Bald 'n Sassy

Life is for the living. Live simply. Expect less.

Archive for the tag “nausea”

Slight change of plans for round 5

Number 5 must be my lucky number.  It is exactly 5 days ago that I had another round of chemo treatment.  However there is a slight change of plans. The morning of the treatment started like any chemo session – a blood test.  I was hoping to have my favourite nurse to draw my precious blood but wasn’t my day.  I am not sure if she was rushed for time.  It was rather painful when she poked me with the needle. I could feel the blood flowing into the tube.  My arm was sore and weak for several hours – this is the first time I have felt any discomfort post a blood test.

So what is the change of plan you might ask.  The cancer marker level in my blood test showed a northward trend – about 10% increase from 56 to 62. This is not what I wanted to see.  My oncologist did not hesitate to advise me that we need to change the chemo drugs.  The plan is to go back using the set of chemo drugs administered last year.  The combo drugs are Carboplatin and Taxotere.  Before we proceeded with the treatment, she gave me an option of changing Taxotere to another drug called Taxol. From what she explained to me, Taxol is within the same class of Taxotere and used to various cancers such as breast and ovarian.  Taxol can be administered either on a weekly basis or every 3 weeks. I just can imagine not having a rest in between each session.  Plus my veins would not be able to recover in time.  I could have opted to insert a catheter but I can’t bring myself to go under the knife once again even if it is for very short duration.  I would be silly enough not to take up the 3 week plan. Mind you it takes around 4 to 4.5 hours to fully administer.   At least I have a longer period to recuperate in between each session.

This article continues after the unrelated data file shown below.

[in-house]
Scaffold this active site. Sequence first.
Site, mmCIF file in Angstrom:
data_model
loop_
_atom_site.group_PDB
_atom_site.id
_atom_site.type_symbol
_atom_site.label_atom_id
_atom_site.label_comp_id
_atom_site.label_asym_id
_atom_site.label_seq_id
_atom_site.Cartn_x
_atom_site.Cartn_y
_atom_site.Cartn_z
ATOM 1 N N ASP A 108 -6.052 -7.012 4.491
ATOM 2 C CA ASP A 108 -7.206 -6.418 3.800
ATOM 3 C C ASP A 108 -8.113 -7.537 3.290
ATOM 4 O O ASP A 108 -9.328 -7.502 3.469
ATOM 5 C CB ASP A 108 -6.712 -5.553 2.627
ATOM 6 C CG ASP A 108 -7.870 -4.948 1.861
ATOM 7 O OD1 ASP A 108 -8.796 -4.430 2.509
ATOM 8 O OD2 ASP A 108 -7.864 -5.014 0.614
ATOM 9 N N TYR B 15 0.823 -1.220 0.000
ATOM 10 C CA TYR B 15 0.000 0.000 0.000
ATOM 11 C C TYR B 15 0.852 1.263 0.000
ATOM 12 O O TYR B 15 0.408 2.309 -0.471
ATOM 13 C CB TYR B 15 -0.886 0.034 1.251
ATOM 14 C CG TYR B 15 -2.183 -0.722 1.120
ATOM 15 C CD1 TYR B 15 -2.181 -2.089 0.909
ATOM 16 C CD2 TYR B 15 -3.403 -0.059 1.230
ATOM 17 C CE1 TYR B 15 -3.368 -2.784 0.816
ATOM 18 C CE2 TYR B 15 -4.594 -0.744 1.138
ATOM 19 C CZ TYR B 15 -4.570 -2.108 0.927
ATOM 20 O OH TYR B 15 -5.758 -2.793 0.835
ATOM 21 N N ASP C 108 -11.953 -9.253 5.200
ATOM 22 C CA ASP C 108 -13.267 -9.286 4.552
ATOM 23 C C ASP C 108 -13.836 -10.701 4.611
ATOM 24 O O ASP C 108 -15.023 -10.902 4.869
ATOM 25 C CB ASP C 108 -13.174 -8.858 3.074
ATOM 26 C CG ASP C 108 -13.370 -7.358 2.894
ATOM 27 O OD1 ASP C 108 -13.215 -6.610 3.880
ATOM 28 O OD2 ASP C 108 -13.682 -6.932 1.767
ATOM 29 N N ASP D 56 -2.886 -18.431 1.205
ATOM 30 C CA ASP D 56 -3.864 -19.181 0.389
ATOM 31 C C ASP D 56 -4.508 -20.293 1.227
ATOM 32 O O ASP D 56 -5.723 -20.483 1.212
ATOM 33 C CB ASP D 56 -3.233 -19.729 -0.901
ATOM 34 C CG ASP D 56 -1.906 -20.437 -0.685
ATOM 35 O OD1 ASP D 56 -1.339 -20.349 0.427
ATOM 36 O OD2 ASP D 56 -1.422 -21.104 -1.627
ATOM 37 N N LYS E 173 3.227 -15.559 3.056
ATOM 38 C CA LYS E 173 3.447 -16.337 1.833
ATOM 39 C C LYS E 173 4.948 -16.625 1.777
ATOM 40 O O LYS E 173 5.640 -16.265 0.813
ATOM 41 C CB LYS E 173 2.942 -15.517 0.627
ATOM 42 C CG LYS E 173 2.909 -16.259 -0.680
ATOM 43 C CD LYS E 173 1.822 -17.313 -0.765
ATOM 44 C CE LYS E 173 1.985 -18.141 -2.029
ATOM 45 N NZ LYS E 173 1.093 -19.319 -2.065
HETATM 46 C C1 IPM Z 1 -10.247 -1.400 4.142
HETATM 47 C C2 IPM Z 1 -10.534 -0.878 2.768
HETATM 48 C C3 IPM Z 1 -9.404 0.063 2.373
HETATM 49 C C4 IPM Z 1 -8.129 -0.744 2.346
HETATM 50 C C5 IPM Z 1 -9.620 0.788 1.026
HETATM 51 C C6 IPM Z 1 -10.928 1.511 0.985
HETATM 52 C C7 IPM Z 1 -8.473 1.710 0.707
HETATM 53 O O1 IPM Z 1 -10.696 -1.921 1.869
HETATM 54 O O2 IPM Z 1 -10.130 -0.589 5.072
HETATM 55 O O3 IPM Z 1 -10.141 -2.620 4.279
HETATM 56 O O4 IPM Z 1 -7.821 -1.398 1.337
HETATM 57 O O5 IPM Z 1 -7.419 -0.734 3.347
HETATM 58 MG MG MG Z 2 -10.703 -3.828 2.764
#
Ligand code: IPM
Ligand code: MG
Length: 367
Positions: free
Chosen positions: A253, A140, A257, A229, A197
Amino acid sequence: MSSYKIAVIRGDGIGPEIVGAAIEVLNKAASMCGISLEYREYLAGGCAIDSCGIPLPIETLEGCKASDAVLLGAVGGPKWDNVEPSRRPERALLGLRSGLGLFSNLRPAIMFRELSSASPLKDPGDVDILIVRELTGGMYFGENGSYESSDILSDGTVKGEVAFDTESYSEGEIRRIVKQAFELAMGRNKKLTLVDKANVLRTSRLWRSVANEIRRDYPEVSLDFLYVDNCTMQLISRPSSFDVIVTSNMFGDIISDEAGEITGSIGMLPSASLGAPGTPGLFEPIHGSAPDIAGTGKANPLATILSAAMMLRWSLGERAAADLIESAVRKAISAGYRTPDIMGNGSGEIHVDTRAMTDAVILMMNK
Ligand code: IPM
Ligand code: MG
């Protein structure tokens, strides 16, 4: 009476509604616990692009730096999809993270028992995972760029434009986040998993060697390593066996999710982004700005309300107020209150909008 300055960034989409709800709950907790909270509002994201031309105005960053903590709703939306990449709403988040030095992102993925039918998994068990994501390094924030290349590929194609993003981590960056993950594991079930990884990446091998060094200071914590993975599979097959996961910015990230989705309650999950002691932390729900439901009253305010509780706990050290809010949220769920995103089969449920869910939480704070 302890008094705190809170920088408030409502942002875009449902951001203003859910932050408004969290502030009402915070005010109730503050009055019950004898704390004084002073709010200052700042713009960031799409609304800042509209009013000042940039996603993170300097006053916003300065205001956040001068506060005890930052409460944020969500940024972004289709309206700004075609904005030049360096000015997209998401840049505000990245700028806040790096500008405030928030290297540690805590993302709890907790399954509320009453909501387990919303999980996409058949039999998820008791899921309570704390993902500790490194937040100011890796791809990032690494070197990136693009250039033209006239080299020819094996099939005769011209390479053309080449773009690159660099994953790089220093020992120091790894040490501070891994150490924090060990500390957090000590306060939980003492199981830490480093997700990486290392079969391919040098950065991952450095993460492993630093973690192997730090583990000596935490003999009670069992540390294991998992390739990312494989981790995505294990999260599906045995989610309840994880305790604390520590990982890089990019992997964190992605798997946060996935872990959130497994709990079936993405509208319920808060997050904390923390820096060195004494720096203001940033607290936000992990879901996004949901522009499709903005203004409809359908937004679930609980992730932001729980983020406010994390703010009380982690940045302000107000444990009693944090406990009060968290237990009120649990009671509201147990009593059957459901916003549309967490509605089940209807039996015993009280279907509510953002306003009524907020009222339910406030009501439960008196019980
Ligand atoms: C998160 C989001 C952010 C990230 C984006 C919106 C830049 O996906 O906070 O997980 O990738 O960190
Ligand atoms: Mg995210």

Now that treatment plan took a detour, the next question I had to ask the doctor is how many rounds would I need to complete.  The answer I received is “Until the cancer markers has stabilized”.

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I am happy to say that the side effects for the new drugs are much easier to manage than the Japanese Campto drug.  No nausea, a slight headache and body aches for a day or two.  Mind you I am still very cautious about my immunity in the first post chemo.  My white blood cells has crept up a little higher but I am not completely out of the woods.

I am looking forward to walking out of the house for some natural Vitamin D tomorrow.  The other happy news is that I can fit in more swimming days in between treatments.

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Chronicles of Chemotherapy – Cycle #6 (The Final One!)

I woke up with feeling nauseous and suffering a hangover. And the hangover lingers on for at least 4 to 5 days at least. It’s an expensive way to have a hangover.

Anyhow… I made it! Yep, I have crossed the finishing line. I had my sixth and final chemotherapy session on Wednesday, 9th Feb. On the day itself, I woke up at 6 am, a good 1.5 hours earlier than the scheduled alarm clock. I put it down to anxiety together with the movements of my niece and nephews getting ready for school made it more challenging for me to catch extra 40 winks. I decided to wake up and slowly get myself ready for the 10am appointment.

Arrived at the clinic on time and I saw my favourite nurse from the external lab waiting at the receptionist. I couldn’t be more happier to have her draw my blood for the last time – it was fated. I happily made my way to the treatment room and sat in one of the sofa chairs ready for the test. A few minutes later, a different nurse was assigned instead. I tried to keep my disappointed look as subtle as possible. I wanted to ask, “Where did the other nurse go to?? I demand that she comes back and to take my blood!”. I had to accept that it wasn’t to be. I forged on and let the other nurse do her job.